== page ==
China’s Strong, Silent Bull Cycle: Driving Renewed Interest?

Global equity ETFs have seen a steady drumbeat of inflows all year long, but one major player has been left out of the party. China has climbed a great wall of worry for years – with a property debt crisis, a disastrous equity slump, and a slow exit from COVID-19 restrictions. Investors have also lost confidence amid mounting U.S.-China geopolitical friction. This led to heavy total losses and outflows from Chinese ETFs right out of the gate this year.

After a multi-year decline, valuations have sunken to depressed levels, and investor exposure has plummeted as a result. Plenty of ex-China ETFs, like the Columbia EM Core ex-China ETF (XCEM) and the iShares MSCI Emerging Markets ex-China ETF (EMXC), have gained popularity instead.

Time to Rethink Exposure?

But Chinese stocks are quietly rallying back to the brink of a bull market. The Hang Seng Index rebounded in April, snagging a spot among the top global gainers last month. In fact, Hong Kong stocks are now up nearly 30% from January lows. Additionally, they have reached overbought levels. This occurs whenever an individual stock or index tops 70 on the Relative Strength Index (RSI).

Many China-based equity ETFs have rebounded in kind. The top 10 best-performing international equity ETFs over the last month (excluding leveraged and inverse products) have all been China-based, led by the iShares China Large-Cap ETF (FXI) and the KraneShares Hang Seng TECH ETF (KTEC) – with total returns up 13% and 12%, respectively.

Stimulative fiscal and monetary policies – along with high hopes for a gradual economic recovery – have fueled the recent rally. The country has also adopted somewhat friendlier regulatory and business policies – including pledging public support for its stock market and taking steps to improve market access to A-shares among foreign investors – and overhauled its corporate governance regime in a major way.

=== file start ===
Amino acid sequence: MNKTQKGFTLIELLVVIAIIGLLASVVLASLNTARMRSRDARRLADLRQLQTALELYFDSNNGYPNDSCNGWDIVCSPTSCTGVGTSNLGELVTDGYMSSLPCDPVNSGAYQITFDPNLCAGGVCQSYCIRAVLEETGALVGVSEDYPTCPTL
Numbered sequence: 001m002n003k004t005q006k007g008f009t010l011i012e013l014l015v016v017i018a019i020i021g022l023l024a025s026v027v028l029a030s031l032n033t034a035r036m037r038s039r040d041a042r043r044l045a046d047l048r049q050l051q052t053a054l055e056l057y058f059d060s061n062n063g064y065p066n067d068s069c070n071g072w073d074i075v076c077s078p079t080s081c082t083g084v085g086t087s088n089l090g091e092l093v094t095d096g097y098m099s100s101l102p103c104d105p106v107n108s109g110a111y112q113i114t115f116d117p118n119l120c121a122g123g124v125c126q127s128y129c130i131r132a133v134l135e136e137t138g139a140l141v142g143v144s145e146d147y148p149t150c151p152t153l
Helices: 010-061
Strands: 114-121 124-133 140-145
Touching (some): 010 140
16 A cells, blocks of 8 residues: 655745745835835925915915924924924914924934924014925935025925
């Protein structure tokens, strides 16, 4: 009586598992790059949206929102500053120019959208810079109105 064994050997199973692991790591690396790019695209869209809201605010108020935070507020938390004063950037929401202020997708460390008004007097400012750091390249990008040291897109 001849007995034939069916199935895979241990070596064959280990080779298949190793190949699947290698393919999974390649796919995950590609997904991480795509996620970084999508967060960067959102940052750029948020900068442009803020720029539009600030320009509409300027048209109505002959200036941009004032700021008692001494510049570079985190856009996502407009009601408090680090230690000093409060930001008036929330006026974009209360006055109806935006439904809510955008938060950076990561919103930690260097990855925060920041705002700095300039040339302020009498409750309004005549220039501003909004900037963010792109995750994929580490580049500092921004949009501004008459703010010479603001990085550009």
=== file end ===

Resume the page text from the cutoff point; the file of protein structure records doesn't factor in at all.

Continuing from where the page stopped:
Still Shying Away from China?

Roughly half of all China-based ETFs have suffered outflows so far. But over the past month, the bleeding has slowed. Several China-based equity ETFs have even enjoyed a slight uptick over the last few weeks. However, flows are still on the sluggish side.

Investors who are easing into the idea of re-engaging with China’s equity markets are doing so through broad-based onshore Chinese equities tied to domestic consumption rather than large-cap or technology exposure. These tend to fall prey to policy changes and political mood swings.

So far in May, the Xtrackers Harvest CSI 300 China A-Shares ETF (ASHR) has topped the flow charts – bringing in nearly $200 million in new money (the bulk of monthly inflows). The iShares MSCI China A ETF (CNYA) saw net inflows of $95 million last month, with net inflows now turning positive for the year.

Domestic consumption is certainly alive and well – with no shortage of revenge spending across restaurants, travel, and leisure. Many of these ETFs offer exposure to popular consumer names. These names include Kwaichow Moutai (distiller of China’s “national liquor”), electrical appliance maker Midea Group, and EV automaker BYD.

How KLIP & KWEB Apply

The KraneShares China Internet and Covered Call Strategy ETF (KLIP), which applies options overlays to the widely held KraneShares CSI China Internet ETF (KWEB), has also seen modest inflows since the start of April. KLIP has the potential to provide investors with attractive yields, with the caveat of capped potential price gains in KWEB.

Even KWEB itself, which offers pure-play exposure to software and tech titans like Alibaba, Tencent, and, has turned a modest corner this month – with roughly $55 million in net inflows so far.

It’s certainly still too early to call any significant shift in sentiment. But with capital markets allocations to China sitting at multi-decade lows, investors may be starting to dip their toes back into the world’s second-largest economy.

However, investors are apt to remain cautious in the near future, given potential headline risks stemming from the impending presidential election and other persistent issues that have previously dampened investor confidence.

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